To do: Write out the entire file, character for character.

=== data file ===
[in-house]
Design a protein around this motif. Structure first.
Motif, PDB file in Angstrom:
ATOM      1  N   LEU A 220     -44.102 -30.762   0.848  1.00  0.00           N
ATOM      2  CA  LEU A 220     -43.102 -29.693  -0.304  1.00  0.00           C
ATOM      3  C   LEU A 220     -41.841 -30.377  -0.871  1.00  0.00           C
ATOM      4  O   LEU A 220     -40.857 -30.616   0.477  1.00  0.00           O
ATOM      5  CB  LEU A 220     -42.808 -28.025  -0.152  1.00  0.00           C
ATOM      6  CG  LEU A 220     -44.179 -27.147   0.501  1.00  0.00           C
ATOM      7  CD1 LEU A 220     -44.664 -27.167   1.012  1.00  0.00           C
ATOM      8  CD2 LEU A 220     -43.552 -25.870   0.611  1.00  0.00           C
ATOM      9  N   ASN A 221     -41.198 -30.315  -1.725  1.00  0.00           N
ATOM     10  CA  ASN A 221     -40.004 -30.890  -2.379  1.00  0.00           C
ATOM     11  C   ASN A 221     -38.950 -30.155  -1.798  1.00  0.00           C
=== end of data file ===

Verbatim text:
[in-house]
Design a protein around this motif. Structure first.
Motif, PDB file in Angstrom:
ATOM      1  N   LEU A 220     -44.102 -30.762   0.848  1.00  0.00           N
ATOM      2  CA  LEU A 220     -43.102 -29.693  -0.304  1.00  0.00           C
ATOM      3  C   LEU A 220     -41.841 -30.377  -0.871  1.00  0.00           C
ATOM      4  O   LEU A 220     -40.857 -30.616   0.477  1.00  0.00           O
ATOM      5  CB  LEU A 220     -42.808 -28.025  -0.152  1.00  0.00           C
ATOM      6  CG  LEU A 220     -44.179 -27.147   0.501  1.00  0.00           C
ATOM      7  CD1 LEU A 220     -44.664 -27.167   1.012  1.00  0.00           C
ATOM      8  CD2 LEU A 220     -43.552 -25.870   0.611  1.00  0.00           C
ATOM      9  N   ASN A 221     -41.198 -30.315  -1.725  1.00  0.00           N
ATOM     10  CA  ASN A 221     -40.004 -30.890  -2.379  1.00  0.00           C
ATOM     11  C   ASN A 221     -38.950 -30.155  -1.798  1.00  0.00           C